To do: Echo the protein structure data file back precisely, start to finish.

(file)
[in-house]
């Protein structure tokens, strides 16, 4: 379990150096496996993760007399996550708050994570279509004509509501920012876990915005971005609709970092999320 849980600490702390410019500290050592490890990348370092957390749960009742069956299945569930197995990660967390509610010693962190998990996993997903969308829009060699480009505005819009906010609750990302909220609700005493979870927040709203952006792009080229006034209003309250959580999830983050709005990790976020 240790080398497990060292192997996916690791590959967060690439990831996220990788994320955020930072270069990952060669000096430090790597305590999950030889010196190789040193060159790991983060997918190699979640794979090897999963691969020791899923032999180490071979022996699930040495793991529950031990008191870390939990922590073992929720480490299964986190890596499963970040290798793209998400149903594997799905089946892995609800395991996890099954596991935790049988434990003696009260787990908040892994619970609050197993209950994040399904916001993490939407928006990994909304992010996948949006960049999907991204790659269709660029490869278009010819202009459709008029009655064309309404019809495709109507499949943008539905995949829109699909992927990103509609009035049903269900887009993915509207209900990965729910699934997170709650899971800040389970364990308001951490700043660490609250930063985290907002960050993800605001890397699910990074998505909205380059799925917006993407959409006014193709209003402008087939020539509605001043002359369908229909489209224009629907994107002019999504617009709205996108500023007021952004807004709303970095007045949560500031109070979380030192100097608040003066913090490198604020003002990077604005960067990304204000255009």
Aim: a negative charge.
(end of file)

[in-house]
């Protein structure tokens, strides 16, 4: 379990150096496996993760007399996550708050994570279509004509509501920012876990915005971005609709970092999320 849980600490702390410019500290050592490890990348370092957390749960009742069956299945569930197995990660967390509610010693962190998990996993997903969308829009060699480009505005819009906010609750990302909220609700005493979870927040709203952006792009080229006034209003309250959580999830983050709005990790976020 240790080398497990060292192997996916690791590959967060690439990831996220990788994320955020930072270069990952060669000096430090790597305590999950030889010196190789040193060159790991983060997918190699979640794979090897999963691969020791899923032999180490071979022996699930040495793991529950031990008191870390939990922590073992929720480490299964986190890596499963970040290798793209998400149903594997799905089946892995609800395991996890099954596991935790049988434990003696009260787990908040892994619970609050197993209950994040399904916001993490939407928006990994909304992010996948949006960049999907991204790659269709660029490869278009010819202009459709008029009655064309309404019809495709109507499949943008539905995949829109699909992927990103509609009035049903269900887009993915509207209900990965729910699934997170709650899971800040389970364990308001951490700043660490609250930063985290907002960050993800605001890397699910990074998505909205380059799925917006993407959409006014193709209003402008087939020539509605001043002359369908229909489209224009629907994107002019999504617009709205996108500023007021952004807004709303970095007045949560500031109070979380030192100097608040003066913090490198604020003002990077604005960067990304204000255009």
Aim: a negative charge.